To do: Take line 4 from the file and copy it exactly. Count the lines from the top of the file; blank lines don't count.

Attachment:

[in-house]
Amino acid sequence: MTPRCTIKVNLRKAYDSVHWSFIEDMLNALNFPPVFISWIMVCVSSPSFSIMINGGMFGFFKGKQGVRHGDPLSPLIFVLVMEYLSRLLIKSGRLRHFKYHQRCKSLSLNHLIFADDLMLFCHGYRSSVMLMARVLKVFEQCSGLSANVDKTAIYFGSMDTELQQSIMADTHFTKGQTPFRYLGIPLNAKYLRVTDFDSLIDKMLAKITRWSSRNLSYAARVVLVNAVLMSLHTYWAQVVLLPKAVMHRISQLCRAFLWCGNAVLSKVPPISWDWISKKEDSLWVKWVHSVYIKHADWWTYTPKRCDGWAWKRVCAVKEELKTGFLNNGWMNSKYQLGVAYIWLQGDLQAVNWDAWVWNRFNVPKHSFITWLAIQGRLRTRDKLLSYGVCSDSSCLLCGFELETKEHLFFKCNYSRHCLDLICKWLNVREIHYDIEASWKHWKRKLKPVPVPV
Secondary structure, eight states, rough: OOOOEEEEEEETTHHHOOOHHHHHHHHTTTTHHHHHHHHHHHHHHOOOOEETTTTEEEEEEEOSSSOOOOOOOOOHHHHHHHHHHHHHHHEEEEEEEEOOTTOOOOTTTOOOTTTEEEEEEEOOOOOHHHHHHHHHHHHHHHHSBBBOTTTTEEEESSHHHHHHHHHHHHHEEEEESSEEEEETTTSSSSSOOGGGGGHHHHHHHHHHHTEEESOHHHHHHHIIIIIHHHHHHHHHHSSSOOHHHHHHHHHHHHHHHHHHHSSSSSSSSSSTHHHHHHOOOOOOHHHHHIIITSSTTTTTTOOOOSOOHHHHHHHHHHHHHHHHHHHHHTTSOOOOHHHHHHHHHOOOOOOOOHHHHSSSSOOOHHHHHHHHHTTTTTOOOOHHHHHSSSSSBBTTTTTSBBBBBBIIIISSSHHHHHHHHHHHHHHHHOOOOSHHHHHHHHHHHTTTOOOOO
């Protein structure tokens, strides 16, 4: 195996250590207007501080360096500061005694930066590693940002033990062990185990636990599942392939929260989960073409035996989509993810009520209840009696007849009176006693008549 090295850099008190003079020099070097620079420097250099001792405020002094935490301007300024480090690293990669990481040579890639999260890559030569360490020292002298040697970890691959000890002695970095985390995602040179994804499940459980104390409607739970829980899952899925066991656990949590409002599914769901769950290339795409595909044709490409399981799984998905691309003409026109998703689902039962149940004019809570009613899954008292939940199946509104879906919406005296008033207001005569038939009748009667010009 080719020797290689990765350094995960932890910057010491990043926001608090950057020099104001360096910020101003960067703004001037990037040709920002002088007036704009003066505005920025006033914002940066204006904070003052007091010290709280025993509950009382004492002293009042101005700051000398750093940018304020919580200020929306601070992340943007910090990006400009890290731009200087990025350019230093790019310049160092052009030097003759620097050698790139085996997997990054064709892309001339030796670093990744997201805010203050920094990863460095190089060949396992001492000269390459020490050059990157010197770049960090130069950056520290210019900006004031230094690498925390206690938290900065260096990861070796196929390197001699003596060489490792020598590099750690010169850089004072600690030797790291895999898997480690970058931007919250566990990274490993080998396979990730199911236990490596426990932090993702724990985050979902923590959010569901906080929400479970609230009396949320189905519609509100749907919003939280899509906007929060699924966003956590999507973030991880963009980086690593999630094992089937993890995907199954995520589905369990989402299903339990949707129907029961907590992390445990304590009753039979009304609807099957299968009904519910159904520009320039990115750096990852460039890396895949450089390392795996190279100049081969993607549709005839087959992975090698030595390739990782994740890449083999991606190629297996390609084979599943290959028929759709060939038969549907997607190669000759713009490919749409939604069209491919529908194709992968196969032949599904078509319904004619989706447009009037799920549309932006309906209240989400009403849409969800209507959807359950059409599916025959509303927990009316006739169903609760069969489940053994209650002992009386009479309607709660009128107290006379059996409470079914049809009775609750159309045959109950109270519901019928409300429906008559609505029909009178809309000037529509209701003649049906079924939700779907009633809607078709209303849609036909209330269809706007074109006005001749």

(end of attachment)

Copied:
């Protein structure tokens, strides 16, 4: 195996250590207007501080360096500061005694930066590693940002033990062990185990636990599942392939929260989960073409035996989509993810009520209840009696007849009176006693008549 090295850099008190003079020099070097620079420097250099001792405020002094935490301007300024480090690293990669990481040579890639999260890559030569360490020292002298040697970890691959000890002695970095985390995602040179994804499940459980104390409607739970829980899952899925066991656990949590409002599914769901769950290339795409595909044709490409399981799984998905691309003409026109998703689902039962149940004019809570009613899954008292939940199946509104879906919406005296008033207001005569038939009748009667010009 080719020797290689990765350094995960932890910057010491990043926001608090950057020099104001360096910020101003960067703004001037990037040709920002002088007036704009003066505005920025006033914002940066204006904070003052007091010290709280025993509950009382004492002293009042101005700051000398750093940018304020919580200020929306601070992340943007910090990006400009890290731009200087990025350019230093790019310049160092052009030097003759620097050698790139085996997997990054064709892309001339030796670093990744997201805010203050920094990863460095190089060949396992001492000269390459020490050059990157010197770049960090130069950056520290210019900006004031230094690498925390206690938290900065260096990861070796196929390197001699003596060489490792020598590099750690010169850089004072600690030797790291895999898997480690970058931007919250566990990274490993080998396979990730199911236990490596426990932090993702724990985050979902923590959010569901906080929400479970609230009396949320189905519609509100749907919003939280899509906007929060699924966003956590999507973030991880963009980086690593999630094992089937993890995907199954995520589905369990989402299903339990949707129907029961907590992390445990304590009753039979009304609807099957299968009904519910159904520009320039990115750096990852460039890396895949450089390392795996190279100049081969993607549709005839087959992975090698030595390739990782994740890449083999991606190629297996390609084979599943290959028929759709060939038969549907997607190669000759713009490919749409939604069209491919529908194709992968196969032949599904078509319904004619989706447009009037799920549309932006309906209240989400009403849409969800209507959807359950059409599916025959509303927990009316006739169903609760069969489940053994209650002992009386009479309607709660009128107290006379059996409470079914049809009775609750159309045959109950109270519901019928409300429906008559609505029909009178809309000037529509209701003649049906079924939700779907009633809607078709209303849609036909209330269809706007074109006005001749």